Phillipian Commentary: Give Us a Choice

In the United States census, a number of possible answers are listed for the question “what is this person’s race?” However, no option is listed for people of Latinx descent. Instead, it states that “for this census, Hispanic origins are not races.”

When I participated in the Social Justice Leadership Institute in November of 2019, all the students there were divided into affinity groups. Being a first generation Brazilian-American, I went to the Latinx affinity space. There, many of us learned for the first time that Latinx identity is considered an ethnicity, not a race. After learning this, we were asked to go around in a circle and say which of the races included in the US census most applied to us. As I am white-passing, I answered Caucasian. Saying this out loud left a strange feeling in my gut. 

Yes, I am white-passing, and while I do have inherent privilege because of it compared to other Latinx men, it was difficult to label myself as something with a connotation so vastly removed from my cultural upbringing. Forcing Latinx individuals to identify with a specific race minimizes latinidad’s beautiful diversity. In my experience, the perception that all Latinx people are tan-skinned limits the experiences of white-passing and Black Latinx people; without our own named ‘race’, non-Latinx people are able to further latch on to this stereotype and other preconceived notions of what it means to be Latinx.

I have never grown up like a white person. I have grown up listening to Brazilian artists in the car and speaking Portugese with my parents and grandparents. Culturally, I was raised like most Latino boys, and my upbringing differs greatly from the way my white classmates were raised. At my core, I am not white, so being forced to identify myself as a white person is not only disingenuous, but it takes away from the culture I was raised with. 

We are made up of a mix of European colonists, indigenous peoples, enslaved peoples from the Atlantic slave trade, and countless immigrants that have since moved to South America from around the world. It is this mix that results in the diversity that we have in our wonderful community. No, not all Latinx people look like Enrique Iglesias or Sofia Vergara. And the fault for these implicit biases are not just directed towards white people. In my personal experience, I have dealt with just as many microaggressions about the way I identify from other people of color as I have from white people.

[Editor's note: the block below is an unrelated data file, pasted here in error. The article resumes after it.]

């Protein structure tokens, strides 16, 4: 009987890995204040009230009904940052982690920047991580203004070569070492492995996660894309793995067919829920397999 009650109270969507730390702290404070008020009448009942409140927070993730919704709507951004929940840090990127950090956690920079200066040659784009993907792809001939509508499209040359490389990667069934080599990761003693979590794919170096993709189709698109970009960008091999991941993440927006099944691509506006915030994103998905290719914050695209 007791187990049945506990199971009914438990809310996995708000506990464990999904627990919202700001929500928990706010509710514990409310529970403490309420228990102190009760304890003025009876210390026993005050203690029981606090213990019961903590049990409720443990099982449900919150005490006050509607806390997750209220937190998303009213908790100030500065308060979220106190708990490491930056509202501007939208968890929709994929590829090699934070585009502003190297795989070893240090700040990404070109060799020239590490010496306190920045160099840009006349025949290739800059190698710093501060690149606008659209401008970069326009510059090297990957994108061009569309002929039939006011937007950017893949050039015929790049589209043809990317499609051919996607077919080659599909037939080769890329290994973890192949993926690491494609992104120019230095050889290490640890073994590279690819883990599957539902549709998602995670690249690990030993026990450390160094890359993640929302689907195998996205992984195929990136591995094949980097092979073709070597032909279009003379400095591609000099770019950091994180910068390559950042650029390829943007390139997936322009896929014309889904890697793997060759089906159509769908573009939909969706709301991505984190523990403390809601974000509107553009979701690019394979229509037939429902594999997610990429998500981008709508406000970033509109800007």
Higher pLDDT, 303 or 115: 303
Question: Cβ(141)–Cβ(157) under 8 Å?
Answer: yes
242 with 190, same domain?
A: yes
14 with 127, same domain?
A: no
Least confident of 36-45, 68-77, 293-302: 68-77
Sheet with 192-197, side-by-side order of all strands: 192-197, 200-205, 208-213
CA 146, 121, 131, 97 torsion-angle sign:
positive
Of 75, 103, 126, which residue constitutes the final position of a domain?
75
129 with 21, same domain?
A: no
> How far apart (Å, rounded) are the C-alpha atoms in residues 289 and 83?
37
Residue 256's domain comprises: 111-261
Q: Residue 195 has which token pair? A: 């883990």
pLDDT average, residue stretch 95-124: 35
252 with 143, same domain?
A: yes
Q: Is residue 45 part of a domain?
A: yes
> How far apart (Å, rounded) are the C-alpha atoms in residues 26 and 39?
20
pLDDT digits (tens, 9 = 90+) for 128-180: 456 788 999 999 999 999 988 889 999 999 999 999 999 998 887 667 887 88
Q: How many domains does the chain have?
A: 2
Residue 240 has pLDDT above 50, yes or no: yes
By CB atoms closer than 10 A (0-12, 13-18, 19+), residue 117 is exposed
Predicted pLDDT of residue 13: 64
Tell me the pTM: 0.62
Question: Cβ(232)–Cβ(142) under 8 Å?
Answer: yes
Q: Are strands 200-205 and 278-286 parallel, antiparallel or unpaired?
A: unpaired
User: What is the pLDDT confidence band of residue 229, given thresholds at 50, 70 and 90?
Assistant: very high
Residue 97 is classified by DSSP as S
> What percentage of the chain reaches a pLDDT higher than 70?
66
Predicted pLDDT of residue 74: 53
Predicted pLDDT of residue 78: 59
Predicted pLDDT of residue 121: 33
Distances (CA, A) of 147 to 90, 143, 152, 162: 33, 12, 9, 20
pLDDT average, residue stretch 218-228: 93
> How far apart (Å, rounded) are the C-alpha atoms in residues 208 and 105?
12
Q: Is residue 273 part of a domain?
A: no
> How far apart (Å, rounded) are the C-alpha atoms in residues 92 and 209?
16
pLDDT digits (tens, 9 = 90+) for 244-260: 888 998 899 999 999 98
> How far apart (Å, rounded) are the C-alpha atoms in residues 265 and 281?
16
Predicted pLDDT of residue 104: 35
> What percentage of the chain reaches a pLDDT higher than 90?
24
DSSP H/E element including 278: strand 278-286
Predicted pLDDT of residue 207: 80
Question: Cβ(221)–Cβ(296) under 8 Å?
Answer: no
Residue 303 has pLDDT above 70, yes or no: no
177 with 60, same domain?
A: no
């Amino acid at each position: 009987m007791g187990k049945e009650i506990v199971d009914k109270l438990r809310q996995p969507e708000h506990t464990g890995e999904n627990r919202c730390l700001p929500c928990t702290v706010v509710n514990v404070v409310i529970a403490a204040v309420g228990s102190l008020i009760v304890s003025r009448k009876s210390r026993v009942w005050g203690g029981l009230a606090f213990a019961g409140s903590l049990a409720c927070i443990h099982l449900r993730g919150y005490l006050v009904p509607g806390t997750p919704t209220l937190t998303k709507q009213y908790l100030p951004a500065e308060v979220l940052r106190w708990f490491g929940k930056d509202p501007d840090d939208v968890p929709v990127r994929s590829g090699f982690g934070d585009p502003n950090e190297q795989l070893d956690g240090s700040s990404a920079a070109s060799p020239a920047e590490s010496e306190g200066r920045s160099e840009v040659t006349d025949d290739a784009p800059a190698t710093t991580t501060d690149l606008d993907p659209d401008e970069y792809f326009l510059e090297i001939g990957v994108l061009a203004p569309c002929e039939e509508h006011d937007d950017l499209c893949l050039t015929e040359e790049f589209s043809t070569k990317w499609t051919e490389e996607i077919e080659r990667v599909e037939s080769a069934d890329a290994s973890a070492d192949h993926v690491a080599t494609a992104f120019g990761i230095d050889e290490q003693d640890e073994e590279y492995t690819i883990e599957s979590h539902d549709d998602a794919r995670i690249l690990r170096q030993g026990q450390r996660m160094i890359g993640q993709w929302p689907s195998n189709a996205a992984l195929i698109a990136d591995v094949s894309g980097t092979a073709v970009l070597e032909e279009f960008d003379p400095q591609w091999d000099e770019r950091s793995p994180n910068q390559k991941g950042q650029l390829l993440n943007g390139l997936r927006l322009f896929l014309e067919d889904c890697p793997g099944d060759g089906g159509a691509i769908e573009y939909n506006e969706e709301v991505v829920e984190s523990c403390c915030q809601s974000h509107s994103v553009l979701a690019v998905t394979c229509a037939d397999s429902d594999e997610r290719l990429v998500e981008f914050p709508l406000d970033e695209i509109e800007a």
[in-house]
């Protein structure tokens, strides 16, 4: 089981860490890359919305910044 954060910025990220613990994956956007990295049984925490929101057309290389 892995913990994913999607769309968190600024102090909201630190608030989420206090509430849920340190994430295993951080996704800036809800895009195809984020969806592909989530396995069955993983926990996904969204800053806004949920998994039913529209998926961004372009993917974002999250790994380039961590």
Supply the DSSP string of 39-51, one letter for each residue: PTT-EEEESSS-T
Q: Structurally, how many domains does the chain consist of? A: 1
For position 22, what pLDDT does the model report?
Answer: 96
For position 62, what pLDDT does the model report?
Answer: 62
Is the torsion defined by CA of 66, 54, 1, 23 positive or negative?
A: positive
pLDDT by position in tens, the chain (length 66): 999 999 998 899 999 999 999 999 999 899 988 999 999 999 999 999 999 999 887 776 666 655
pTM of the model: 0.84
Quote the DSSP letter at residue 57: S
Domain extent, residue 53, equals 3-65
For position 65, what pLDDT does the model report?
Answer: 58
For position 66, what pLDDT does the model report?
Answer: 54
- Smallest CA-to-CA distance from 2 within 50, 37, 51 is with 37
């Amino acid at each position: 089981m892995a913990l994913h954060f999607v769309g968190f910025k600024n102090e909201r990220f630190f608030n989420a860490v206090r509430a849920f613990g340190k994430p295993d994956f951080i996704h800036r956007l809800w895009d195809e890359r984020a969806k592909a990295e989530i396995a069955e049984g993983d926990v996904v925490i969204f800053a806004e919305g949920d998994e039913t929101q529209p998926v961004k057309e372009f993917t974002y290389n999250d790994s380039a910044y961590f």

I have never been white enough to fit in with the white kids, but I am also too white to fit in with the other people of color, and this has led to many identity crises. My mom’s descendants are the products of nonconsensual sexual encounters between Portuguese colonizers and enslaved Africans, while my dad’s family is made up of immigrants from Lebanon who moved to Brazil in the early 1900s. This combination has given me the skin-tone that I have today, and while I have no shame in my appearance, being unable to identify as Latino and having to choose a race I am not makes me uncomfortable, and quite honestly, angry. 

Although it would not prevent any future identity crises that most people who identify as Latinx experience, being recognized as our own separate group in the United States census and national standardized tests that ask to state our race would be a step in the right direction. It would show those of us who identify as Latinx that the United States government is attempting to recognize us as the unique group that we are, and if those in power can do that hopefully the rest of the world will as well.